Skip to content

Insurance – in safe hands?

April 12, 2012

It’s not often that people in financial services take a very long view of the future but earlier this year the Long Finance Forum of Futurists (L3F) produced an interesting report “In Safe Hands” [1]on possible scenarios for the future of financial services heading towards 2050. Gill Ringland authored the report and I was please to take part in its development. Unlike financial modelling under solvency rules which is driven by a set of pre-determined rules, these scenarios are qualitative, global and take account of the full range of external factors which may impact on our industry. Financial services strategists should find the report very useful in testing out their long term strategies against the challenges and opportunities that may affect their business models. Here is a taste of this detailed report.

Underpinning the scenarios are some assumptions: that the global population will grow to nine billion and get older, with most of the additional people in Africa and Asia – this will cause major shifts of economic power: the new centres of power may not share the value systems of the west: technology will advance and affect society and how commercial arrangements operate; ecological, energy and environmental limits will be tested or breached as the population increases; and the percentage of the population living in cities will approach 70 percent.

Beyond these assumptions four potential scenarios are envisaged. It is important to note that the scenarios are not predictions. It is highly unlikely that any one of them will happen in “pure” form, but they are a helpful basis for stress testing against uncertainty. In Second Hand we have a situation where western values and institutions and the nation state are still very important although they may have weaker powers than today. We continue to muddle through, as is being attempted with the euro crisis at the time of writing. Visible Hand is a more proactive version of Second Hand. Here the political classes get their act together and there is a period stability in the financial sector – driven by global consensus on the existing model and the growth of regional super states. But, this turns out not to be sustainable in the longer term and breaks down into the next two scenarios which are very different from the world in which we live in today. In Long Hand, we have melt down in many western countries.  There is a retrenchment in state expenditure, consumer spending power and overall consumption. People “opt out” and virtual connections which span geographies and are based on ethnic and religious affinity groups become the main global organising structures. In Many Hands globalisation is seen to have failed and western value systems are isolated. The concept of the nation state disappears. In its place, a multitude of city states emerge – each with different strengths, weaknesses, wealth levels and brands.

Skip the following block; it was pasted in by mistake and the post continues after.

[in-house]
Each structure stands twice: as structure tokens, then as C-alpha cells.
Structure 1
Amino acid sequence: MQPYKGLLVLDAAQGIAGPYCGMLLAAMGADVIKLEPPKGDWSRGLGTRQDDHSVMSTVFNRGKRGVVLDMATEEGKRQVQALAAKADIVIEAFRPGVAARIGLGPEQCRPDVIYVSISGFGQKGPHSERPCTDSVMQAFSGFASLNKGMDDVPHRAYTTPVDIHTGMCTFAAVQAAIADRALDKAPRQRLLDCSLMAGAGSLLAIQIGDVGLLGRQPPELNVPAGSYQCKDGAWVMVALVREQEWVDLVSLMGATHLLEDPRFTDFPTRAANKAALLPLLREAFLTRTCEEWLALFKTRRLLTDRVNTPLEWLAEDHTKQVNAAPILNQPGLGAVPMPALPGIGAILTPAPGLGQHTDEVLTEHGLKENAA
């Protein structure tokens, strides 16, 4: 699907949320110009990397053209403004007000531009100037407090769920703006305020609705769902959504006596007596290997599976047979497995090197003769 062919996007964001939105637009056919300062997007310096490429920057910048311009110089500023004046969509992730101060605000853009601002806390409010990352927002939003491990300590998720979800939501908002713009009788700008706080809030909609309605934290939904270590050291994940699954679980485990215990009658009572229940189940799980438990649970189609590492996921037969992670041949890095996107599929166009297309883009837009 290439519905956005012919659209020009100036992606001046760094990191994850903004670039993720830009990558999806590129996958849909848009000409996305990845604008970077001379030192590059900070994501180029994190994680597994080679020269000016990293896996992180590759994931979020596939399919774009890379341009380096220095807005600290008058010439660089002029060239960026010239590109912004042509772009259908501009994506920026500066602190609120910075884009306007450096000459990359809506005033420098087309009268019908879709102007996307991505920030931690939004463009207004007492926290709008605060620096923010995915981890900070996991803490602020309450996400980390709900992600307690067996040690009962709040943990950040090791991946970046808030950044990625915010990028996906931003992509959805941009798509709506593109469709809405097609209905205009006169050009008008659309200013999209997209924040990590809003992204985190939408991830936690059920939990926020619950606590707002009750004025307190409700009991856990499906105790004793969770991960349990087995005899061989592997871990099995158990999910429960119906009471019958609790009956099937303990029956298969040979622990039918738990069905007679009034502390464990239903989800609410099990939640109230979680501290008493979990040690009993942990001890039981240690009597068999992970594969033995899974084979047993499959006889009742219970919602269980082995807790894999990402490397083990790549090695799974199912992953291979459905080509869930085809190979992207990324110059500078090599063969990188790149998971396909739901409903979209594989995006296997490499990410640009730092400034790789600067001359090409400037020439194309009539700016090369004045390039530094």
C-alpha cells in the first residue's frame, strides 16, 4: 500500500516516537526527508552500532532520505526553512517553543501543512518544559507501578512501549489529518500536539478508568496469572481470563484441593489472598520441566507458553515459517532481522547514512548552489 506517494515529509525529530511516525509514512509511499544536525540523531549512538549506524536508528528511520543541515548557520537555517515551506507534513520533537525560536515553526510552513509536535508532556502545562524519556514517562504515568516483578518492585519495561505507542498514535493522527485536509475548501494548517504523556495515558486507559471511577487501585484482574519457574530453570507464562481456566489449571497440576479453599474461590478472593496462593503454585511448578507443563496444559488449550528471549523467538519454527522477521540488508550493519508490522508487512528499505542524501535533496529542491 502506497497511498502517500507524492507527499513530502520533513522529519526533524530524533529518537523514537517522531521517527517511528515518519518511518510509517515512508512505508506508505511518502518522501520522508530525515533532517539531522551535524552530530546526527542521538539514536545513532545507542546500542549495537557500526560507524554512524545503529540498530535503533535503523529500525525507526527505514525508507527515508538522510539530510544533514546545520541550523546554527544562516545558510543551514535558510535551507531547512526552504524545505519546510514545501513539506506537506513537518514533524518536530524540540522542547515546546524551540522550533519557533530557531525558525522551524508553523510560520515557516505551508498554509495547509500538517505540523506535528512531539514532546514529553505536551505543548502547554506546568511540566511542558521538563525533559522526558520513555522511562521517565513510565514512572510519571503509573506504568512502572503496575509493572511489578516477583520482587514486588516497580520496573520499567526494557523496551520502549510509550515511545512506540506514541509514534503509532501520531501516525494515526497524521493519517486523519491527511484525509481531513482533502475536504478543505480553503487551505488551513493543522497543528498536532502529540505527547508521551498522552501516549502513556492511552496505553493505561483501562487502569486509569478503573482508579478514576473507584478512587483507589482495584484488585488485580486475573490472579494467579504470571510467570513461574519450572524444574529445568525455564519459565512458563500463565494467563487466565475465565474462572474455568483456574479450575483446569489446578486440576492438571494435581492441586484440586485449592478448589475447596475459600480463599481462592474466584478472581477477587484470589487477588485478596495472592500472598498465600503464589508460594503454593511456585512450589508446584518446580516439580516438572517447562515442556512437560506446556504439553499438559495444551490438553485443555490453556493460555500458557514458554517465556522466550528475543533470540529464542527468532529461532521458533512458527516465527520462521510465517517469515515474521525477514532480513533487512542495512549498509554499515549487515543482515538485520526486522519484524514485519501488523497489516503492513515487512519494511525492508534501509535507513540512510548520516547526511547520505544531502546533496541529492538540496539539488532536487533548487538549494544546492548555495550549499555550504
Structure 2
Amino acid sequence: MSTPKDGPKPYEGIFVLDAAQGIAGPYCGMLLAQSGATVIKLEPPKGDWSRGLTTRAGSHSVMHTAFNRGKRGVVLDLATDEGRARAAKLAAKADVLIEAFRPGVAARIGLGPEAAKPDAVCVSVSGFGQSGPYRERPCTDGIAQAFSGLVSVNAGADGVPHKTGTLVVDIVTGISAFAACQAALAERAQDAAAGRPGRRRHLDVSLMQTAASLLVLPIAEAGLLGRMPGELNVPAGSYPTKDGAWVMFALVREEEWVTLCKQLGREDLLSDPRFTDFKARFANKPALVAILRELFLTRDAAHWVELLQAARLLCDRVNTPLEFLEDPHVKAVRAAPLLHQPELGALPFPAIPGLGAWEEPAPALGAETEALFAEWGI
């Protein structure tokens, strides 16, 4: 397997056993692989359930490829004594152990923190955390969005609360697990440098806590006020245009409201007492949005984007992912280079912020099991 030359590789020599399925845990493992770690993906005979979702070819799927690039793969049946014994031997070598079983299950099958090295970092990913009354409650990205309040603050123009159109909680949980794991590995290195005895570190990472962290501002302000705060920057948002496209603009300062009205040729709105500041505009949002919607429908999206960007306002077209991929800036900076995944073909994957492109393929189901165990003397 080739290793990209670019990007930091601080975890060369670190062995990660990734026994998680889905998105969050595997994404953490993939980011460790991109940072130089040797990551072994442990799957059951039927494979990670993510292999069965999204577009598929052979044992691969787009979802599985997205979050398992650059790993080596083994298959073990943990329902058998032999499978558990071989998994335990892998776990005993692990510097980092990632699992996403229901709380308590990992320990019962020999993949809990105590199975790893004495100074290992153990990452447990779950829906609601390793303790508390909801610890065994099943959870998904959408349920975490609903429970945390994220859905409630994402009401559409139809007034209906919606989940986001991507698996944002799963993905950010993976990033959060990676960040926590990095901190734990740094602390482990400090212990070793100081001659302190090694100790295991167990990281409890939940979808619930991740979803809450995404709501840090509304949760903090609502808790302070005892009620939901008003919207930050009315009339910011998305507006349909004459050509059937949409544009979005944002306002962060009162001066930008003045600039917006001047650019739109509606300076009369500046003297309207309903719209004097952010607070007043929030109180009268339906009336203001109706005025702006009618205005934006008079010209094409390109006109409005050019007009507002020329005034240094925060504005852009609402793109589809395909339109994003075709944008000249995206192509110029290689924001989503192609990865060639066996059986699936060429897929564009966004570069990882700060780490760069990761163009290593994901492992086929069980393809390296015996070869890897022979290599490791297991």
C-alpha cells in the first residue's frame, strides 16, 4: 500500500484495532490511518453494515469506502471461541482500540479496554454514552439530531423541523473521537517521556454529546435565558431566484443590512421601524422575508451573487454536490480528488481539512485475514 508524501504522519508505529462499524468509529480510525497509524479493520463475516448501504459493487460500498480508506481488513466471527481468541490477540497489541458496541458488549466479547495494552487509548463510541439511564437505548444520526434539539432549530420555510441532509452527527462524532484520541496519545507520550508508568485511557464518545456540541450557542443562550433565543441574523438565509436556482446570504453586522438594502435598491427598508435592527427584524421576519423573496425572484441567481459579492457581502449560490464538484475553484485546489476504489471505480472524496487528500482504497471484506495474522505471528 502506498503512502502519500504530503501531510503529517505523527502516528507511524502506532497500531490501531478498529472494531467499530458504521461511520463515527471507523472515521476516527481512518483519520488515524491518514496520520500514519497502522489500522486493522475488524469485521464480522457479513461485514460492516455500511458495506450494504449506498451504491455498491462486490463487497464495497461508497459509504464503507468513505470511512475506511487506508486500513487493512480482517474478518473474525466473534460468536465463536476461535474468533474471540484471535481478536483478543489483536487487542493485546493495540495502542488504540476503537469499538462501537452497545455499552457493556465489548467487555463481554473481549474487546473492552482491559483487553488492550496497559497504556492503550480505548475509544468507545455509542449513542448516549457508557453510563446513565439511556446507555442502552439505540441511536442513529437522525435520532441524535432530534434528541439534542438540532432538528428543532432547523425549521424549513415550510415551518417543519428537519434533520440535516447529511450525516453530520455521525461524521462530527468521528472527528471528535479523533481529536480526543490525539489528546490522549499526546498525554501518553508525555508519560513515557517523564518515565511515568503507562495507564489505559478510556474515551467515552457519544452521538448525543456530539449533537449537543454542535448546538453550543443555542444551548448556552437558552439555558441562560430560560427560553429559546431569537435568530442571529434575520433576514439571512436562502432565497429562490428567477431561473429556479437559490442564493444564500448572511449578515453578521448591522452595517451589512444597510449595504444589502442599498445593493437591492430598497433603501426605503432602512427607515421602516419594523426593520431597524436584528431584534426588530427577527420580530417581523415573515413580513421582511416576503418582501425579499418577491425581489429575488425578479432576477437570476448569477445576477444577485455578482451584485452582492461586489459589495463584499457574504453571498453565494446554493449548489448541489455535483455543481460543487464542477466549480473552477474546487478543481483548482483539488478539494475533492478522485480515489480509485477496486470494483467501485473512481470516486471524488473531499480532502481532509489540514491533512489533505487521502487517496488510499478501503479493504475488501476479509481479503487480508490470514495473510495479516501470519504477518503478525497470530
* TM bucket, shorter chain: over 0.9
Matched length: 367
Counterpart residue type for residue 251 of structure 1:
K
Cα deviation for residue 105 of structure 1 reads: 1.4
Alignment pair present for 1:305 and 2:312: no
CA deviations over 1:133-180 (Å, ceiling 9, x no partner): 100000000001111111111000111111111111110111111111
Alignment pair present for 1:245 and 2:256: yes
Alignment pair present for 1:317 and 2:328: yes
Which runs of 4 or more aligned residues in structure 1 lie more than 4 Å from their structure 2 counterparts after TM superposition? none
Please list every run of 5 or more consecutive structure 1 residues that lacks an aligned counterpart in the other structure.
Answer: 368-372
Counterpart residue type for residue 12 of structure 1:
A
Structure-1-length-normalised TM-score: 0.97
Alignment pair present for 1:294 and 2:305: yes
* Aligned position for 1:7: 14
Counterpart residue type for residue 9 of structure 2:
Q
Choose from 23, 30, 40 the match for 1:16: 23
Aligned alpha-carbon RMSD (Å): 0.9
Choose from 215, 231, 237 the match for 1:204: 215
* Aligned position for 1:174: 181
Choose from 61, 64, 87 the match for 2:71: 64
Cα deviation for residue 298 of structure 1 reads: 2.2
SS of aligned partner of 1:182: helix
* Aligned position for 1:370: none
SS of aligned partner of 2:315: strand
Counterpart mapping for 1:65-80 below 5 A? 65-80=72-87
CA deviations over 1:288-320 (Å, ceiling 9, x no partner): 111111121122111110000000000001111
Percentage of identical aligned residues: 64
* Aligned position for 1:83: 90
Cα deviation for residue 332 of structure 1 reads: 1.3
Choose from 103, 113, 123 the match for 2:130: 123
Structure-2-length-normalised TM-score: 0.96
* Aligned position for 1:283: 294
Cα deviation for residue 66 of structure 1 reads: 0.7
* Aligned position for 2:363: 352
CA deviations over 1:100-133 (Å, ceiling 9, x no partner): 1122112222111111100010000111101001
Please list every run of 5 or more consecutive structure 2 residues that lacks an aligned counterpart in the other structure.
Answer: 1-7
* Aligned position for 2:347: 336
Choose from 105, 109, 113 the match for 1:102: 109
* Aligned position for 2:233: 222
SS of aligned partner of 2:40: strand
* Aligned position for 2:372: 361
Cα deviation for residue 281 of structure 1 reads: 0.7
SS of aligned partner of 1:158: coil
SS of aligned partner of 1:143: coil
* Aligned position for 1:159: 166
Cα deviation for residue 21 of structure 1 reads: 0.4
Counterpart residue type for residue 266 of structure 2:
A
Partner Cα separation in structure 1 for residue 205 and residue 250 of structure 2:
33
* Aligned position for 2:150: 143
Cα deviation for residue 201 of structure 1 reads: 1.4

In my view, for insurance in the medium term, the implications are continuing regulatory pressures, for example on underwriting and reserving. Initially these could be, as now, as an iterative response to one crisis after another but if we move to Visible Handwe can expect an avalanche of regulation at super state and global level with the promise of long term stability. There will be political pressure to sign up to this vision but we would be well advised to do contingency planning for the possible breakdown of this consensus. Business models based on cities and affinity groups are quite common today and companies would be wise not to ditch them in favour of the promise of global stability. If the breakdown happens the market will pick up the pieces and those companies that are not nimble will fail and new comers will dominate the longer